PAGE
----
GreenLight Capital as an investor in Apple since 2010 should have seen the natural progression from a high flying growth machine to a slower growing mature value tech company a mile away. This is a natural occurrence and inevitable in the tech industry.
It is going to take more than 4 months to re-price Apple after 10 years of Mega-Growth
Yeah Apple is sitting on a pile of cash, but they also were being valued like a momentum growth stock prior to four months ago. Good luck figuring at what price Apple should become a “value stock”! If there is one thing that in not rewarded on Wall Street it is value, see GE, MSFT, INTC and a graveyard of much cheaper “value stocks”.
Turning a ‘Growth Trade’ into a ‘Value Trade’
David be honest with yourself you were not investing in Apple because they were a value stock, you were on that growth gravy train from 2010, and you didn`t know when to get off. Now you’re turning your growth trade into a value trade, the quintessential sign of a losing trader on Wall Street.
Does GreenLight have a Technical Analyst on staff?
That is not something I would want to advertise on Wall Street, that I fail to read a technical sell signal on a chart, and let a huge profit just slip away for my investors.
But I know it is all about the money, you screwed up, and you would rather embarrass yourself, but somehow get that money back for investors instead of asking yourself the hard question: why did we make the mistake in the first place, learn from it, and quietly move on to other investment ideas.
Falling into the classic bag holder category for a Hedge Fund wanting to attract future assets under management where reputation is everything; weighing near-term profits versus long-term reputational damage from a cost benefit standpoint should probably have overridden any decision to go public with this Apple Cash issue.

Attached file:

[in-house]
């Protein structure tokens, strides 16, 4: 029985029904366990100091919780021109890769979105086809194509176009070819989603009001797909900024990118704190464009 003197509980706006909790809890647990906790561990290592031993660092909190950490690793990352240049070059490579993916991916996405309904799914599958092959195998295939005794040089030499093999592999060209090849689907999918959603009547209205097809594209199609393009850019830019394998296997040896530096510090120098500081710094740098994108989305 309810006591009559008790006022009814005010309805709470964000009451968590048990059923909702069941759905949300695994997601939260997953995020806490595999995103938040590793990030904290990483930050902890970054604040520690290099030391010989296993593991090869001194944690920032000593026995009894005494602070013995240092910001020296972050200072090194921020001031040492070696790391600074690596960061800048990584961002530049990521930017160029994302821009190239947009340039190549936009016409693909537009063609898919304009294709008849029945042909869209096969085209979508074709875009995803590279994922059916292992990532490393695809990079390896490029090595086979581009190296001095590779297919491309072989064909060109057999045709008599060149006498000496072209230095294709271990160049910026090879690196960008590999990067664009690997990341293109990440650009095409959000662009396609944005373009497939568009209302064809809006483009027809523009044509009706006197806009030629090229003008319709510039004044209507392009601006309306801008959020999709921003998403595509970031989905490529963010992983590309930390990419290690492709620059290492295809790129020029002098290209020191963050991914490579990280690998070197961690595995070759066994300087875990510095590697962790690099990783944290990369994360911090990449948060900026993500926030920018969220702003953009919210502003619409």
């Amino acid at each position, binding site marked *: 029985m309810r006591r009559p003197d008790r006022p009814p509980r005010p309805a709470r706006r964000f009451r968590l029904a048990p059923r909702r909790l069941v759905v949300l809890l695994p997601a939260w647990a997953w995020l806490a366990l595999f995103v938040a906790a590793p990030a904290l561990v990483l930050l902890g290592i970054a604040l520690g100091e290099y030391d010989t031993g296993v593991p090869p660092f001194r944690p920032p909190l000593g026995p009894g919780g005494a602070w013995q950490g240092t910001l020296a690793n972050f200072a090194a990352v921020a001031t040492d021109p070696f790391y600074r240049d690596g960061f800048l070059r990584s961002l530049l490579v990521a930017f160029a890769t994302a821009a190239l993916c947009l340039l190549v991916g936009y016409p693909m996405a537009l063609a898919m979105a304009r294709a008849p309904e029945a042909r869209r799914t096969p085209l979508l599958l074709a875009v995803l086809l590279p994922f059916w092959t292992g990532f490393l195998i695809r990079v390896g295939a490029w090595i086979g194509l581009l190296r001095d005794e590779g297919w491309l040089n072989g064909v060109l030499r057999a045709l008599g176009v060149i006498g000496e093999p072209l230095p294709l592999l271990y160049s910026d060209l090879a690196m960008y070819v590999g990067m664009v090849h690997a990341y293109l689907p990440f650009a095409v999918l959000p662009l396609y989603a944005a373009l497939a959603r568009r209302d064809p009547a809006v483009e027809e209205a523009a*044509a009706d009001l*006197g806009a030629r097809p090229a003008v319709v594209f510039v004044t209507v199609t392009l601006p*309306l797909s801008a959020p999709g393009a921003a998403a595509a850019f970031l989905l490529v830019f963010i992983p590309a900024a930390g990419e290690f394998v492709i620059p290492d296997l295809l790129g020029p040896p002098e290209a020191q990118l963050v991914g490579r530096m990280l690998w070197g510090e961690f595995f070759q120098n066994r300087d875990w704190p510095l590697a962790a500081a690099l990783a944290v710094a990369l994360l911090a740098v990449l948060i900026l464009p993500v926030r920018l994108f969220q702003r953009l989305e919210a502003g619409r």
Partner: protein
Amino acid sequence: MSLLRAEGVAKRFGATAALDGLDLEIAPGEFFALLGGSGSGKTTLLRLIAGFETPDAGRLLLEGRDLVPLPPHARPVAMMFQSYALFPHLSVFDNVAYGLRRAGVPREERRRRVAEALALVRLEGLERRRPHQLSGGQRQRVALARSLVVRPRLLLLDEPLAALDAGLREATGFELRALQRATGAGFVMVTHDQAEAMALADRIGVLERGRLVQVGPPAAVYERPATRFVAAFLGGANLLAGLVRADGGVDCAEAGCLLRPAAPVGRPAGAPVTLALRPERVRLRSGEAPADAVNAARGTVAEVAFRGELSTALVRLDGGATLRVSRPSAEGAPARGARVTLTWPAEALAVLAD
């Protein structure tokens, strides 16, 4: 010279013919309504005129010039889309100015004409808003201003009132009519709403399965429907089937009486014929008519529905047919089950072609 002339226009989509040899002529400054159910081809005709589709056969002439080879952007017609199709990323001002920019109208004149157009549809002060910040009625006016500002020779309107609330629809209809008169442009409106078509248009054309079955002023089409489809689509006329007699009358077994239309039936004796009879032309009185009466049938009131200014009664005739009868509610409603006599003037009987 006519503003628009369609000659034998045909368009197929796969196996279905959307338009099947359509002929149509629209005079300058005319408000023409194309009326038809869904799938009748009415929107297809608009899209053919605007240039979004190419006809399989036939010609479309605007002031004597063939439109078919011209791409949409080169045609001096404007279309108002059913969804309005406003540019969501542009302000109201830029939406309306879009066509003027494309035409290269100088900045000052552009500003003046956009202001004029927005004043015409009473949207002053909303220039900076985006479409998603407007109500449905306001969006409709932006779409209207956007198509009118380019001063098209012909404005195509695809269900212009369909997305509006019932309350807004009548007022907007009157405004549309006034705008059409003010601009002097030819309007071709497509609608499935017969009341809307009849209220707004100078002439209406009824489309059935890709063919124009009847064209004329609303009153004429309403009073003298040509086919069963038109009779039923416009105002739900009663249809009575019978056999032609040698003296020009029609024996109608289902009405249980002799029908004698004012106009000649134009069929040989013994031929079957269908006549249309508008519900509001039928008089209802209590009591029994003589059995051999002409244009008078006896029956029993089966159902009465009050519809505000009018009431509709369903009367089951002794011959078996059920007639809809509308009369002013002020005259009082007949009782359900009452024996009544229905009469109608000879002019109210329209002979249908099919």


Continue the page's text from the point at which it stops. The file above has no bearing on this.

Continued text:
Diversity of Analysts
That is the problem with a small shop like GreenLight, they often lack enough diverse views within the fund to properly question trading ideas, and often fall into group think on trading themes.
Is Publicity always Good?
Did they even consider the negative ramifications of going the public route on this issue? In the end it is all about raising capital in this business not whether you are right or wrong on a single investment idea.
GreenLight just advertised to the entire investment world that the core of their analytical expertise is flawed, and no better than the Gene Munsters of the world. A cab driver could have made money in Apple on the way up, the smart money knows when to get out, and make money on the way down.
Cost/Benefit Analysis of Reputational Damage
Those are the firms that the institutional and feeder funds want to manage their money. This is why SAC Capital has been so successful over the years raising money because they were viewed reputationally as the ‘smart money’. No wonder most of the hedge funds when accounting for fees vastly underperformed the S&P 500 last year; there is a lot of ‘Dumb Money’ on Wall Street!
Maybe RedLight Capital is a more apt description
From a reputational and branding standpoint GreenLight Capital sure looks like the “Dumb Money” in Apple, and I would think twice about sending any money their way in the future!